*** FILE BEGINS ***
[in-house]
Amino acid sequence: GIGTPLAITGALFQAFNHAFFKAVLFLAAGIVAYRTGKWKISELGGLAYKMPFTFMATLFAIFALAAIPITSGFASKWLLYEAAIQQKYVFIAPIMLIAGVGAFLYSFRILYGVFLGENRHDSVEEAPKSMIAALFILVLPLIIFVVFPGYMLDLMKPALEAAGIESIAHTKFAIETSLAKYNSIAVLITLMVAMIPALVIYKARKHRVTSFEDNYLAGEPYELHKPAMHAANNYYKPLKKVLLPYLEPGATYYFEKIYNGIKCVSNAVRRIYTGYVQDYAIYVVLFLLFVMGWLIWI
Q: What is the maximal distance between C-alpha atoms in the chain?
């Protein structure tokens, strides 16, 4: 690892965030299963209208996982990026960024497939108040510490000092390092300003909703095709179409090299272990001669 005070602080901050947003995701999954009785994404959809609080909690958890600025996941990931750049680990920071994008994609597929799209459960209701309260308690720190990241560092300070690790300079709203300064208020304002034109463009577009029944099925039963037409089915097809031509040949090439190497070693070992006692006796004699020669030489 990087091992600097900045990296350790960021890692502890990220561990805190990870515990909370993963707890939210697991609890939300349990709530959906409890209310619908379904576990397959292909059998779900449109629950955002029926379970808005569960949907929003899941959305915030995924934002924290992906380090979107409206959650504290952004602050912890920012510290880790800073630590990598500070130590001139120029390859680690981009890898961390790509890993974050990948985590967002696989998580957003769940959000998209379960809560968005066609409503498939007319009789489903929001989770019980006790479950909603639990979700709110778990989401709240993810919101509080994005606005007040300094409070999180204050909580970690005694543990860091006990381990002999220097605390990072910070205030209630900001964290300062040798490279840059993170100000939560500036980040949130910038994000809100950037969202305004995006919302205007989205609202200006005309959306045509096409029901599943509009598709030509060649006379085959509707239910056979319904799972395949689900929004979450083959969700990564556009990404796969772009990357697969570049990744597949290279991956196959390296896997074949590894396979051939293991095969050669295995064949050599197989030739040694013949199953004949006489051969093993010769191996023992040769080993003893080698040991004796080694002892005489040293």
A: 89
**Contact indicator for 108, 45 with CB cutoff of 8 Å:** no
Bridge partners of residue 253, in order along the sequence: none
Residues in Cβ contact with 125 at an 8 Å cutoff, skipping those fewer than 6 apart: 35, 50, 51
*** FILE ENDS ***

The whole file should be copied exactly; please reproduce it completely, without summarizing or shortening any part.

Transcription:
[in-house]
Amino acid sequence: GIGTPLAITGALFQAFNHAFFKAVLFLAAGIVAYRTGKWKISELGGLAYKMPFTFMATLFAIFALAAIPITSGFASKWLLYEAAIQQKYVFIAPIMLIAGVGAFLYSFRILYGVFLGENRHDSVEEAPKSMIAALFILVLPLIIFVVFPGYMLDLMKPALEAAGIESIAHTKFAIETSLAKYNSIAVLITLMVAMIPALVIYKARKHRVTSFEDNYLAGEPYELHKPAMHAANNYYKPLKKVLLPYLEPGATYYFEKIYNGIKCVSNAVRRIYTGYVQDYAIYVVLFLLFVMGWLIWI
Q: What is the maximal distance between C-alpha atoms in the chain?
């Protein structure tokens, strides 16, 4: 690892965030299963209208996982990026960024497939108040510490000092390092300003909703095709179409090299272990001669 005070602080901050947003995701999954009785994404959809609080909690958890600025996941990931750049680990920071994008994609597929799209459960209701309260308690720190990241560092300070690790300079709203300064208020304002034109463009577009029944099925039963037409089915097809031509040949090439190497070693070992006692006796004699020669030489 990087091992600097900045990296350790960021890692502890990220561990805190990870515990909370993963707890939210697991609890939300349990709530959906409890209310619908379904576990397959292909059998779900449109629950955002029926379970808005569960949907929003899941959305915030995924934002924290992906380090979107409206959650504290952004602050912890920012510290880790800073630590990598500070130590001139120029390859680690981009890898961390790509890993974050990948985590967002696989998580957003769940959000998209379960809560968005066609409503498939007319009789489903929001989770019980006790479950909603639990979700709110778990989401709240993810919101509080994005606005007040300094409070999180204050909580970690005694543990860091006990381990002999220097605390990072910070205030209630900001964290300062040798490279840059993170100000939560500036980040949130910038994000809100950037969202305004995006919302205007989205609202200006005309959306045509096409029901599943509009598709030509060649006379085959509707239910056979319904799972395949689900929004979450083959969700990564556009990404796969772009990357697969570049990744597949290279991956196959390296896997074949590894396979051939293991095969050669295995064949050599197989030739040694013949199953004949006489051969093993010769191996023992040769080993003893080698040991004796080694002892005489040293």
A: 89
**Contact indicator for 108, 45 with CB cutoff of 8 Å:** no
Bridge partners of residue 253, in order along the sequence: none
Residues in Cβ contact with 125 at an 8 Å cutoff, skipping those fewer than 6 apart: 35, 50, 51